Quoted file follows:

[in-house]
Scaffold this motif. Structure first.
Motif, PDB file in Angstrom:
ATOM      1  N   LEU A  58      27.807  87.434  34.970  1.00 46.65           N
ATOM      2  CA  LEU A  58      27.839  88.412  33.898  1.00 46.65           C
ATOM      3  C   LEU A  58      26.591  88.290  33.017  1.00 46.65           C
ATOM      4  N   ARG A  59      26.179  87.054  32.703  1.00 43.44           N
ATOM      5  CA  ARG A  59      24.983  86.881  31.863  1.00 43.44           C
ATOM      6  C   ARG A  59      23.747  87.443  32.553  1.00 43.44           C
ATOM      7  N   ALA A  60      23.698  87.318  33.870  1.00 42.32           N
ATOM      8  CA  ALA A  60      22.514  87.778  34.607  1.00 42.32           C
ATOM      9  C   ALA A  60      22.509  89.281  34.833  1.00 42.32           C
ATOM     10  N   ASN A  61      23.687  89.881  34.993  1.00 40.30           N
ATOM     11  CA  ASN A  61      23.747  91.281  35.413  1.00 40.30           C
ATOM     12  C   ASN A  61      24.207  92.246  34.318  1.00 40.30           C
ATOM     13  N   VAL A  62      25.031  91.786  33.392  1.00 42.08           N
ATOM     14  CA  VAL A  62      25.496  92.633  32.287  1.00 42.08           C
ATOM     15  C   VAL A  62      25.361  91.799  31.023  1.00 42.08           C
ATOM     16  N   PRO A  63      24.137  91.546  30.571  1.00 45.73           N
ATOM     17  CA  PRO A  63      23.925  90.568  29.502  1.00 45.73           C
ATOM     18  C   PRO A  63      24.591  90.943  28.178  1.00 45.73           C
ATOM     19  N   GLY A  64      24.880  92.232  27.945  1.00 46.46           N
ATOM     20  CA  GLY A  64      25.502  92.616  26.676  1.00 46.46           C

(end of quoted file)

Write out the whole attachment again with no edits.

[in-house]
Scaffold this motif. Structure first.
Motif, PDB file in Angstrom:
ATOM      1  N   LEU A  58      27.807  87.434  34.970  1.00 46.65           N
ATOM      2  CA  LEU A  58      27.839  88.412  33.898  1.00 46.65           C
ATOM      3  C   LEU A  58      26.591  88.290  33.017  1.00 46.65           C
ATOM      4  N   ARG A  59      26.179  87.054  32.703  1.00 43.44           N
ATOM      5  CA  ARG A  59      24.983  86.881  31.863  1.00 43.44           C
ATOM      6  C   ARG A  59      23.747  87.443  32.553  1.00 43.44           C
ATOM      7  N   ALA A  60      23.698  87.318  33.870  1.00 42.32           N
ATOM      8  CA  ALA A  60      22.514  87.778  34.607  1.00 42.32           C
ATOM      9  C   ALA A  60      22.509  89.281  34.833  1.00 42.32           C
ATOM     10  N   ASN A  61      23.687  89.881  34.993  1.00 40.30           N
ATOM     11  CA  ASN A  61      23.747  91.281  35.413  1.00 40.30           C
ATOM     12  C   ASN A  61      24.207  92.246  34.318  1.00 40.30           C
ATOM     13  N   VAL A  62      25.031  91.786  33.392  1.00 42.08           N
ATOM     14  CA  VAL A  62      25.496  92.633  32.287  1.00 42.08           C
ATOM     15  C   VAL A  62      25.361  91.799  31.023  1.00 42.08           C
ATOM     16  N   PRO A  63      24.137  91.546  30.571  1.00 45.73           N
ATOM     17  CA  PRO A  63      23.925  90.568  29.502  1.00 45.73           C
ATOM     18  C   PRO A  63      24.591  90.943  28.178  1.00 45.73           C
ATOM     19  N   GLY A  64      24.880  92.232  27.945  1.00 46.46           N
ATOM     20  CA  GLY A  64      25.502  92.616  26.676  1.00 46.46           C